“There is somewhat of a mystery surrounding this insect at the present time which may, indeed, never be solved,” wrote Criddle after not seeing a live locust for 15 years. “We know that its breeding grounds once extended over a very wide area, much of this being classed as permeant by (Charles Valentine) Riley (a U.S. government entomologist) and others who investigated the plague at that time.”
In his book, Locust: The Devastating Rise and Mysterious Disappearance of the Insect that Shaped the American Frontier (2004), Jeffrey A. Lockwood wrote that scientists believed the insect was hiding out in some remote corner of the continent and was prepared to emerge when the conditions were right.
It was known from the earliest days that the homeland of the locust species was the high dryland valleys on the eastern slopes of the Rocky Mountains — hence its name — in Canada and the U.S. The absence of locusts was merely the result of them biding their time in some undetected location. Most scientists believed the locust would eventually erupt from their hiding places and once again wreak havoc across the plains.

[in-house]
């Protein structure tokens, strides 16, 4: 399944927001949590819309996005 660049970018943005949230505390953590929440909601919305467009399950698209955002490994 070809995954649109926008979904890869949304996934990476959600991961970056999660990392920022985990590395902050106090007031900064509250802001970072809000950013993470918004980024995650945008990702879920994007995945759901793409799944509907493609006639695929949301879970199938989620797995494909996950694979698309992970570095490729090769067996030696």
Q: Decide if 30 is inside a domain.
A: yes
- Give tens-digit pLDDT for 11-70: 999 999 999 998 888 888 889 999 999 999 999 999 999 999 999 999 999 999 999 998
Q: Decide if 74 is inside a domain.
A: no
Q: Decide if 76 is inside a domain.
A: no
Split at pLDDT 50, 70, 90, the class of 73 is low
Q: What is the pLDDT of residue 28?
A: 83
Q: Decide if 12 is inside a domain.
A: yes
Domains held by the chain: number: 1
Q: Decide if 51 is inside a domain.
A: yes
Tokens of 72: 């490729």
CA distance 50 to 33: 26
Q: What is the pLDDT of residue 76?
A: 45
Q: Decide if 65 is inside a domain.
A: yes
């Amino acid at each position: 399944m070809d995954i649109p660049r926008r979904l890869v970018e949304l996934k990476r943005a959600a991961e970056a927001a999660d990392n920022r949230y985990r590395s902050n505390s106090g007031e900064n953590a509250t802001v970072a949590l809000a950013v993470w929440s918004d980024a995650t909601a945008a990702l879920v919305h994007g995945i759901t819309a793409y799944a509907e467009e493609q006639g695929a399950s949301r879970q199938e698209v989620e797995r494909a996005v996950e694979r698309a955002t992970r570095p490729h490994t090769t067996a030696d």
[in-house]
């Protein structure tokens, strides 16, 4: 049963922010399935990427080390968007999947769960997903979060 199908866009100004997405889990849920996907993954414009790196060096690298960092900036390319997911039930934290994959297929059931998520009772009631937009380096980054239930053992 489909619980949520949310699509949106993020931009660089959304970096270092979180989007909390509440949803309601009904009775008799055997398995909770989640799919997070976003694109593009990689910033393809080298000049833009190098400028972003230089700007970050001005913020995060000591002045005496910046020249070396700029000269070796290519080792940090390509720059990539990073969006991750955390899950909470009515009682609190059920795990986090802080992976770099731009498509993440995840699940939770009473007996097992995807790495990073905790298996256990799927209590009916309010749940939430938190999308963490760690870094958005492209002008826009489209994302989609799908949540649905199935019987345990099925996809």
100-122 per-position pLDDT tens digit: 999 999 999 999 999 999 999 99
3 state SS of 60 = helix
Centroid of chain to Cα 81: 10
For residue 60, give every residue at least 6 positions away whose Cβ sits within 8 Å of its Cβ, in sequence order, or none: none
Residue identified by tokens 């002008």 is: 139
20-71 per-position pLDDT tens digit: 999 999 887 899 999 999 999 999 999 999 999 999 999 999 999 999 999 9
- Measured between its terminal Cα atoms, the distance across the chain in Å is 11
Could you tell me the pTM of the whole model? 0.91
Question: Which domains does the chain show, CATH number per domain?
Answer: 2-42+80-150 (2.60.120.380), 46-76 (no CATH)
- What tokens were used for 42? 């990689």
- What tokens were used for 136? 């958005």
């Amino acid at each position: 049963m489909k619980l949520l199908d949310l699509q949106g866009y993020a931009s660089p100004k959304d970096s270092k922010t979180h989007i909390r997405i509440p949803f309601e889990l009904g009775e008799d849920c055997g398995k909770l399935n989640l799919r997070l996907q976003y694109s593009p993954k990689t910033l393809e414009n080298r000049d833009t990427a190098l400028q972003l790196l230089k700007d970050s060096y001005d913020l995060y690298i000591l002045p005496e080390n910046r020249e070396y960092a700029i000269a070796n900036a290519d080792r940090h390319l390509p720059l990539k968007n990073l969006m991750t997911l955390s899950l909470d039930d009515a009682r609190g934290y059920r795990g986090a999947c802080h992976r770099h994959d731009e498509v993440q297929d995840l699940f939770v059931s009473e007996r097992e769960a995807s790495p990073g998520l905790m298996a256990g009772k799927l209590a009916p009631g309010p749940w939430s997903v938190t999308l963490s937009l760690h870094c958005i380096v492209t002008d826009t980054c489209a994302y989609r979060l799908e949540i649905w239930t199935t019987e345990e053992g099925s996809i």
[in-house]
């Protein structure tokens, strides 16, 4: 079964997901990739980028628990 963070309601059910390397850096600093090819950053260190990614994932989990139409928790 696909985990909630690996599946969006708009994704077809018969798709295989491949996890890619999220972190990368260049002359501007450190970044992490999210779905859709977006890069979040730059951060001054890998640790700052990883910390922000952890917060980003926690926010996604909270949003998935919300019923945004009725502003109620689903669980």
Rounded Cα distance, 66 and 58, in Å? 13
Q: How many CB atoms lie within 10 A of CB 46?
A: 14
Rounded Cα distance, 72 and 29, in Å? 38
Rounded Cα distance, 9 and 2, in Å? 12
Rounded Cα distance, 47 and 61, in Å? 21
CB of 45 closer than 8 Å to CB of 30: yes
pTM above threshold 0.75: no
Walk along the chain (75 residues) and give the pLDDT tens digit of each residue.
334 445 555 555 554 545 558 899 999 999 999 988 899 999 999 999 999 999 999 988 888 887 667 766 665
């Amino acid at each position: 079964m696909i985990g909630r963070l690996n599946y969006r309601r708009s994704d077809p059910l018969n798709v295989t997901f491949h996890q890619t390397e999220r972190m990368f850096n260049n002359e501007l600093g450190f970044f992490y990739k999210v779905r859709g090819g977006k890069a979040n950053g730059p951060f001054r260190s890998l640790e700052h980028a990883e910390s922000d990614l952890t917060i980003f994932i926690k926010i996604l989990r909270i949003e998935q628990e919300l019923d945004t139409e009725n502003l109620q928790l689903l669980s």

It actually took several decades for scientists to finally agree that the Rocky Mountain locust had vanished altogether from the face of the earth, Lockwood added.
Fortunately, there are no longer any locusts around to result in another cancellation of Thanksgiving Day. In fact, today’s Manitoba farmers are enjoying one of the most bountiful grain harvests in the province’s history, which is a good reason to give thanks.